Category: syllabus & materials design

A new roleplay for intercultural communication practice

I have a new roleplay and I think it’s a good one. It’s designed so that the teacher can introduce 4 steps on cross cultural conflict resolution and then give the students practice working through the steps. If you’re interested it’s on ESL go.com: Intercultural communication and cross cultural conflict resolution roleplay

Intercultural Communication

So the class that I’m really thinking about now is Intercultural Communication – I need to choose a text that matches my overall strategy (having students roleplay conversations with different cultural factors being considered).

Research paper introductions

Finding examples of research papers that I want my students to emulate ahs been difficult, but I think these two introductions will be useful. I’m sharing them with one of my classes in a few minutes:

THE BIBLICAL BASIS FOR TEAM MINISTRY by WILLIAM B. BADKE

The concept of team ministry in the local church has become very popular in the past two decades. Instead of the individual pioneer missionary or church planter, we now more commonly have mission and church planting teams. The multiple staff church has become the norm, with even many small churches having more than one pastor, paid or unpaid.

A definition of team ministry, for our purposes, will be a team of two or more persons consciously engaged together in ministry on a full-time or significantly extensive part-time basis, usually in a paid capacity. This definition would not, of course, rule out lay ministry teams which use volunteers.

The key question to examine is whether evidence of team ministries exists in the Bible? If biblical examples or encouragements toward team ministry cannot be found, the current trend will have to be re-evaluated by Evangelicals.

Regulate Use of Cell Phones on the Road by Angela Daly

When a cell phone goes off in a classroom or at a concert, we are irritated, but at least our lives are not endangered. When we are on the road, however, irresponsible cell phone users are more than irritating: They are putting our lives at risk. Many of us have witnessed drivers so distracted by dialing and chatting that the resemble drunk drivers, weaving between lanes, for example, or nearly running down pedestrians in crosswalks. A number of bills to regulate use of cell phones on the road have been introduced in state legislatures, and the time has come to push for their passage. Regulation is needed because drivers using phones are seriously impaired and because laws on negligent and reckless driving are not sufficient to punish offenders.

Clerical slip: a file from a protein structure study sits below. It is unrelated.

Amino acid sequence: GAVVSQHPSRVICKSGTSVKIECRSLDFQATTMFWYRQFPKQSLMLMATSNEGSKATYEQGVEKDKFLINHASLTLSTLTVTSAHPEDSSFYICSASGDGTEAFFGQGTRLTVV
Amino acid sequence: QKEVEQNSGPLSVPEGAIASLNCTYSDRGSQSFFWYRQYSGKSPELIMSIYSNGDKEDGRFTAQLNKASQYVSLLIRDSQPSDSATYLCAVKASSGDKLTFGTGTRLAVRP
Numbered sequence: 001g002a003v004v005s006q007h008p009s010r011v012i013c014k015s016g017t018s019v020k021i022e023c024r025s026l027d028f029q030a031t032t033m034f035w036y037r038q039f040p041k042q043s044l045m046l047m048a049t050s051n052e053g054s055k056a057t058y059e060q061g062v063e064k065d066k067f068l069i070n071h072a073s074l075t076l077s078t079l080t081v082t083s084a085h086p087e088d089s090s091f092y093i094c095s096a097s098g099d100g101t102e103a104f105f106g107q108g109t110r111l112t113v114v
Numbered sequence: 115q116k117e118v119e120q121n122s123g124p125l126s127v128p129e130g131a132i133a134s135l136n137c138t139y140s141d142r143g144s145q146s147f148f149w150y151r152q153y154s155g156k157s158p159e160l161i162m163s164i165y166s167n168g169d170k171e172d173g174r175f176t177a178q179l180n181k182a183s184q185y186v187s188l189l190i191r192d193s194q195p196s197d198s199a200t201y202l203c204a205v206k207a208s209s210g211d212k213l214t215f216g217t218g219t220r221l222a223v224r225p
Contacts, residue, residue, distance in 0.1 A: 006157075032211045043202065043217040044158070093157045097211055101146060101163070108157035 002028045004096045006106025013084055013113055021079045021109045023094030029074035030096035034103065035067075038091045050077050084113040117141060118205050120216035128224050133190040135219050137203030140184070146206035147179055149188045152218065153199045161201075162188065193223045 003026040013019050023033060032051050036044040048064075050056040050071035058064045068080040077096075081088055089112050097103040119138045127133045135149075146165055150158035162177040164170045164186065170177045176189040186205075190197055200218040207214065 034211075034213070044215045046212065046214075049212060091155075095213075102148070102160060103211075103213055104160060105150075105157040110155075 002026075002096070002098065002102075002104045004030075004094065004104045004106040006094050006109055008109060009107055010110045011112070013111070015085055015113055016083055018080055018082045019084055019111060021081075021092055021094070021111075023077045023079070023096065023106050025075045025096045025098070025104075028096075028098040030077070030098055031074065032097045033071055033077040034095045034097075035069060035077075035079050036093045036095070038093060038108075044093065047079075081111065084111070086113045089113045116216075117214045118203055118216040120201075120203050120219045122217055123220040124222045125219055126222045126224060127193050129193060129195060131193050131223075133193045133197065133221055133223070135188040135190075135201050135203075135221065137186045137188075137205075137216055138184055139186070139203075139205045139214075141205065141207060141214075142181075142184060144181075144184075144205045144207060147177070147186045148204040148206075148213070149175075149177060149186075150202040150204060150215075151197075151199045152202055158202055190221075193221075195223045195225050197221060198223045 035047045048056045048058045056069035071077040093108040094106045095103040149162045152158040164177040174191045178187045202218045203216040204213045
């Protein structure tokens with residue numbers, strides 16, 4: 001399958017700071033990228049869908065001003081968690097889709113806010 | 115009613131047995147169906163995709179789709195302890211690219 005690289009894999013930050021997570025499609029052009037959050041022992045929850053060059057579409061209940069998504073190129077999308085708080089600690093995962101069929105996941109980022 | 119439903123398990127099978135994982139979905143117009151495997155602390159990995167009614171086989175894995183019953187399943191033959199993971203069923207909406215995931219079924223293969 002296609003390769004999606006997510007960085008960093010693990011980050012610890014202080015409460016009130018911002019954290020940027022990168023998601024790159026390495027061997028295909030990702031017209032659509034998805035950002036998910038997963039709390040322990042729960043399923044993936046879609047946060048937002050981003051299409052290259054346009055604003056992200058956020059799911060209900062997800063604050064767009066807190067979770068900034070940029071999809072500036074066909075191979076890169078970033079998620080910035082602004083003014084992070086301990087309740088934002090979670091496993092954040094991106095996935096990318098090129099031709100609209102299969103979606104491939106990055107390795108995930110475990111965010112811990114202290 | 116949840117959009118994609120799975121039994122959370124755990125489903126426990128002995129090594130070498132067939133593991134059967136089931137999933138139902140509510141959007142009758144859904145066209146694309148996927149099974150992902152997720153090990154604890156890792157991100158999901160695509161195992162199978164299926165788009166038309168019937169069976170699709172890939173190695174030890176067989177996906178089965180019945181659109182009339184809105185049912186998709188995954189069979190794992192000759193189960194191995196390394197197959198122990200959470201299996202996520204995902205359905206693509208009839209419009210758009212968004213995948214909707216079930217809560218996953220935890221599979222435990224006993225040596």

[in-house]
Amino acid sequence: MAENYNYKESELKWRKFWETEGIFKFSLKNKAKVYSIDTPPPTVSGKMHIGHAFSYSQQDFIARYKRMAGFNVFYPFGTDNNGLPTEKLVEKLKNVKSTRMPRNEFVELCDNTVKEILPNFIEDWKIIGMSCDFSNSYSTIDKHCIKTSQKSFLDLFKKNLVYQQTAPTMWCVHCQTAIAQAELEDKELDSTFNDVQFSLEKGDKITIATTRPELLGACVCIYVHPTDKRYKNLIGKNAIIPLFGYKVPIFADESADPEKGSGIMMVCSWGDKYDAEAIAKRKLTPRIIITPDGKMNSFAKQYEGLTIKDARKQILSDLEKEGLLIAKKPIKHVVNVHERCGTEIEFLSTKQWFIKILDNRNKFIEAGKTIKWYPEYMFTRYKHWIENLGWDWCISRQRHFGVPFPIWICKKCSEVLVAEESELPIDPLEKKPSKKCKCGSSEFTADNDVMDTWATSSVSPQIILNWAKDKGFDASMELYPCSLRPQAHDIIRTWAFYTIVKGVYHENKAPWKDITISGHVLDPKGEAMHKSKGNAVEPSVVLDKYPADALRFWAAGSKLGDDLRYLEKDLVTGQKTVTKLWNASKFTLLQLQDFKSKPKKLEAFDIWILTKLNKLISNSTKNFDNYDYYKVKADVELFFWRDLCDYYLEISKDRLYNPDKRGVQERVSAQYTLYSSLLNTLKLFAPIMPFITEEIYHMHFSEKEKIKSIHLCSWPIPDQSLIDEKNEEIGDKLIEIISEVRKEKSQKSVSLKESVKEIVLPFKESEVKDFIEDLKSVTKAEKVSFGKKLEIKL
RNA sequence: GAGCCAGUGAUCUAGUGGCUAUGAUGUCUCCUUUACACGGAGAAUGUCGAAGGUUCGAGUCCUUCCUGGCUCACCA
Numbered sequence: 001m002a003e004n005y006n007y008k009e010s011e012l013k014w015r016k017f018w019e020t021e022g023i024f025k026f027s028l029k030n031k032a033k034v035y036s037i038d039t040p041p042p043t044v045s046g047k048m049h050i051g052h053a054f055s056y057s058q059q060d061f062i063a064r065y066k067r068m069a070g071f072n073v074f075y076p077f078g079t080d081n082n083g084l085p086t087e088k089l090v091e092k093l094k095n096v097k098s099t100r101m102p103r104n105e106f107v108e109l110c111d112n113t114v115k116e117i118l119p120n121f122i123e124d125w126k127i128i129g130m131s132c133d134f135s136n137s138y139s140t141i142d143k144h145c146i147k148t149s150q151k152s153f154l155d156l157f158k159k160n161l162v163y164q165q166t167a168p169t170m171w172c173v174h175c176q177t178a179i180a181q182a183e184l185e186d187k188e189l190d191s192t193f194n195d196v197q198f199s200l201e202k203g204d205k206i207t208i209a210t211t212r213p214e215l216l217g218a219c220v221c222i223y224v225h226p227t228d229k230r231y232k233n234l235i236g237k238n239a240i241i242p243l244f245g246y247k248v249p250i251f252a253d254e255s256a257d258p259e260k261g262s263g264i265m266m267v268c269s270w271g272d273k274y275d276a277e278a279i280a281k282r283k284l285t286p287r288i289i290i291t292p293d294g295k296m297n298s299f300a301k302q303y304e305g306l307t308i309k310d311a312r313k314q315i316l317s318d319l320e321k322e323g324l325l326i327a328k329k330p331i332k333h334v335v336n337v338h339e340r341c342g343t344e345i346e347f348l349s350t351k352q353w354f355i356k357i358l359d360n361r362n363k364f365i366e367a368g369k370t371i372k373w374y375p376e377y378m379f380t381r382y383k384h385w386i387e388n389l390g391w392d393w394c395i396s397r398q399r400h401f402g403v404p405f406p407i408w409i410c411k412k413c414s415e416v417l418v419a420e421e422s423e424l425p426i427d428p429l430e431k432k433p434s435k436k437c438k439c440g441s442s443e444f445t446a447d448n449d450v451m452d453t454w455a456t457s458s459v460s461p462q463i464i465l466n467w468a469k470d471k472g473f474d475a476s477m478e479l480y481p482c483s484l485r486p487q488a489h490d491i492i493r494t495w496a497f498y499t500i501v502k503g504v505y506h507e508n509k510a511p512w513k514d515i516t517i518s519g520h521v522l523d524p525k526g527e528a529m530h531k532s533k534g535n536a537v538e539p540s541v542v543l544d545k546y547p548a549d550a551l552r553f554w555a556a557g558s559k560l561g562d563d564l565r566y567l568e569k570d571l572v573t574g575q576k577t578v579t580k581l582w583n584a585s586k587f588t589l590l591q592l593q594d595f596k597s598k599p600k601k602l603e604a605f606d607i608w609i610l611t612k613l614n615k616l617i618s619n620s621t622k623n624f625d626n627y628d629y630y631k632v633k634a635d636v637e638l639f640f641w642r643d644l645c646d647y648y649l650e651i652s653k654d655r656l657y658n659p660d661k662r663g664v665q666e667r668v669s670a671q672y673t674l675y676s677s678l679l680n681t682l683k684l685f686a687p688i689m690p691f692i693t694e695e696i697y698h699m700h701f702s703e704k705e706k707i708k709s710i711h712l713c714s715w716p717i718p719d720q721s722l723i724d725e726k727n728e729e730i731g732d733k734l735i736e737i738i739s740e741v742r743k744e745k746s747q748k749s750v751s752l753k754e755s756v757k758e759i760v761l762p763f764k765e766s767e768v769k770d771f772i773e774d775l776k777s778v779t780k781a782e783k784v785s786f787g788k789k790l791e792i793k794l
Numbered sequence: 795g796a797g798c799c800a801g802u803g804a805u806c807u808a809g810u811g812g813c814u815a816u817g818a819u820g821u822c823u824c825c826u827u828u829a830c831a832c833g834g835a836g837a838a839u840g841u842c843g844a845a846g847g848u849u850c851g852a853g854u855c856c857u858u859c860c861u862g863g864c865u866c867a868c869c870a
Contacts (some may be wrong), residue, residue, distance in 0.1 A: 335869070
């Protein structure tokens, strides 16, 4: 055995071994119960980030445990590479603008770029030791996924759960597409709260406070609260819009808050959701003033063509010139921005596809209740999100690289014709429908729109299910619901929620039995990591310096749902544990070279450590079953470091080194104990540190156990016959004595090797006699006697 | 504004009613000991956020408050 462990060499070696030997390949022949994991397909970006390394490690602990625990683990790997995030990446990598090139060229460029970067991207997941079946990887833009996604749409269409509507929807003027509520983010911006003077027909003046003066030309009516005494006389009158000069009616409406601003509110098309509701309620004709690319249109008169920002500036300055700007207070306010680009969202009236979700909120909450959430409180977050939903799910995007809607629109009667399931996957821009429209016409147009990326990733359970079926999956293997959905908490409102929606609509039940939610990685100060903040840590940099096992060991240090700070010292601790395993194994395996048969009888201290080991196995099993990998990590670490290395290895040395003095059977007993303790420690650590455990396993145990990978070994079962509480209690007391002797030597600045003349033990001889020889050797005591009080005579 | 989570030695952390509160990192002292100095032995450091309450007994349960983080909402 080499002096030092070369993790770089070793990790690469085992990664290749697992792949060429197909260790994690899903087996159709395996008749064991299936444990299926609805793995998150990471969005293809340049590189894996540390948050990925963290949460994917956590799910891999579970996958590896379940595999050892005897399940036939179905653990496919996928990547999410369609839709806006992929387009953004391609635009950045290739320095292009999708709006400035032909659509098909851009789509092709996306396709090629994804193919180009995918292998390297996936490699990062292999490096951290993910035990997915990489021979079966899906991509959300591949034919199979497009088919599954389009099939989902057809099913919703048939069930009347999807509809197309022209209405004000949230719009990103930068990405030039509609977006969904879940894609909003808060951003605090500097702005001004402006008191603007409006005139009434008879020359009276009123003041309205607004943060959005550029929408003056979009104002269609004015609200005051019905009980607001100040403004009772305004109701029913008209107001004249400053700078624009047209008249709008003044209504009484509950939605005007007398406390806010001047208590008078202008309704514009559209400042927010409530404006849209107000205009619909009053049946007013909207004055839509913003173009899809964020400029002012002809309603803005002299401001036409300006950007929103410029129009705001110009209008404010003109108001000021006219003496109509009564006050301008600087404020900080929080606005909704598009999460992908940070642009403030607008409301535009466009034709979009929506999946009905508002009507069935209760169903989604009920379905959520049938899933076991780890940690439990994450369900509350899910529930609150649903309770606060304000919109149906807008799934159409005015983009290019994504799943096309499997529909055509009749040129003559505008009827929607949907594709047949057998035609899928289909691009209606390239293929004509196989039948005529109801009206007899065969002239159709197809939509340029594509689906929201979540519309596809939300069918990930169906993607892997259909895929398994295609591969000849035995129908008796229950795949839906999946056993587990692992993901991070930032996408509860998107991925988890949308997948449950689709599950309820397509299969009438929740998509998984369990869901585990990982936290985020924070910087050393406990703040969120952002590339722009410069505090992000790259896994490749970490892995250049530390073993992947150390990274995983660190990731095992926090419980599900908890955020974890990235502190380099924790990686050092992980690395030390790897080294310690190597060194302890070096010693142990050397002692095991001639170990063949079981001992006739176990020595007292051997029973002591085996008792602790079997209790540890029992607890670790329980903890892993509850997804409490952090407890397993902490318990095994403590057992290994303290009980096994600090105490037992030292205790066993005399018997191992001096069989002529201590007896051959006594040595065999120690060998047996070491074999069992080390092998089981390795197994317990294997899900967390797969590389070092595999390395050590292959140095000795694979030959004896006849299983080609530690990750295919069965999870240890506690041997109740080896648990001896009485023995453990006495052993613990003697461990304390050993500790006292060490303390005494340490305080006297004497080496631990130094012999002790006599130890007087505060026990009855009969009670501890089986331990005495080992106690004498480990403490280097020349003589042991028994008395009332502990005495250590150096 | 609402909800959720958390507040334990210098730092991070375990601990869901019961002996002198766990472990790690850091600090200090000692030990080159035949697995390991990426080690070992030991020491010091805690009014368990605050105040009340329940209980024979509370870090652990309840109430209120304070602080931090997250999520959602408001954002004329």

Grammar and vocab sheet for American History class

Name: Number:

in (4), on, until (2), by, lured, hostilities, conquest, devastated, succumbed, emigrate, permanent, vast, heathen, barbarous, wilderness, indigenous

You have to finish this test _____________ 9:50.

You don’t have to finish this test ___________ 9:50.

_____ 1522, the Spanish completed their ____________ of Mexico.

About 40 years later, the Spanish established St. Augustine, the first ______________ European settlement in the present day US.

_____ 1578, Queen Elizabeth said to colonize the “__________ and ___________ lands” in what is now the US. These words show that the __________ people were seen as wild, savage, and crude.

After Jamestown was established _____ 1607, many people began to _____________ from Europe to North America. These settlers were generally unprepared for life in the __________ forests that made up the ____________ on the east coast of America.

In Jamestown, many colonists _____________ to disease. European diseases spread to the Native American population, which was ____________ by disease, particularly smallpox.

Jamestown is also famous because of the story of Pocahontas, a Powhatan Princess. She became friends with John Smith when they met ____ December 1607. She visited her friend less and less as _______________ between the Settlers and the Native Americans increased.

John Smith was injured and returned to England; Pocahontas didn’t see her friend again ______ she herself went to England after marrying John Rolfe.